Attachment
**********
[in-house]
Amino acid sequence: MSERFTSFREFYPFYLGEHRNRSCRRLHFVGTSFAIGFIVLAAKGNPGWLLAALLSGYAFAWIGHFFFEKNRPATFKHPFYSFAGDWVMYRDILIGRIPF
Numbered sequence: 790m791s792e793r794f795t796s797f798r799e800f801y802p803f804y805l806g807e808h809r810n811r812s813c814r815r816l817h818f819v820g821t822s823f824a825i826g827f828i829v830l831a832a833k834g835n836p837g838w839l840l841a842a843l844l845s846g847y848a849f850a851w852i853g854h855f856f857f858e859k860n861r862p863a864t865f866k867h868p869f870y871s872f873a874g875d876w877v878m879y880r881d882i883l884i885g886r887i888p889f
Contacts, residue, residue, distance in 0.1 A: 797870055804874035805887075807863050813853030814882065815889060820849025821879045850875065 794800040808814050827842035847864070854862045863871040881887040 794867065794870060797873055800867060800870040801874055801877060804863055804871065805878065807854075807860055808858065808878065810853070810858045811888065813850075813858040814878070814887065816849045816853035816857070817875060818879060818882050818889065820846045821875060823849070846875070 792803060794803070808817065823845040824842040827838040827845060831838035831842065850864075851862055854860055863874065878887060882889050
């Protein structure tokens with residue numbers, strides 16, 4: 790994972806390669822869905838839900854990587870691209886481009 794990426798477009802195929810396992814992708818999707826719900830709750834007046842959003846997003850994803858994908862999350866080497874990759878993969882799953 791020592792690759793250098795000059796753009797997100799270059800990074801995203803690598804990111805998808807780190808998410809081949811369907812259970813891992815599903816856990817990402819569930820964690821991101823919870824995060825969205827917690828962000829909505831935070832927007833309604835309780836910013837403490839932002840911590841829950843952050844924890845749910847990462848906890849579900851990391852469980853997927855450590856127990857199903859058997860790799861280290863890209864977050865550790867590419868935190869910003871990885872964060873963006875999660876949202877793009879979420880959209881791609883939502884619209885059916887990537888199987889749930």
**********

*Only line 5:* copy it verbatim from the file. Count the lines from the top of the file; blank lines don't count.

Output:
């Protein structure tokens with residue numbers, strides 16, 4: 790994972806390669822869905838839900854990587870691209886481009 794990426798477009802195929810396992814992708818999707826719900830709750834007046842959003846997003850994803858994908862999350866080497874990759878993969882799953 791020592792690759793250098795000059796753009797997100799270059800990074801995203803690598804990111805998808807780190808998410809081949811369907812259970813891992815599903816856990817990402819569930820964690821991101823919870824995060825969205827917690828962000829909505831935070832927007833309604835309780836910013837403490839932002840911590841829950843952050844924890845749910847990462848906890849579900851990391852469980853997927855450590856127990857199903859058997860790799861280290863890209864977050865550790867590419868935190869910003871990885872964060873963006875999660876949202877793009879979420880959209881791609883939502884619209885059916887990537888199987889749930």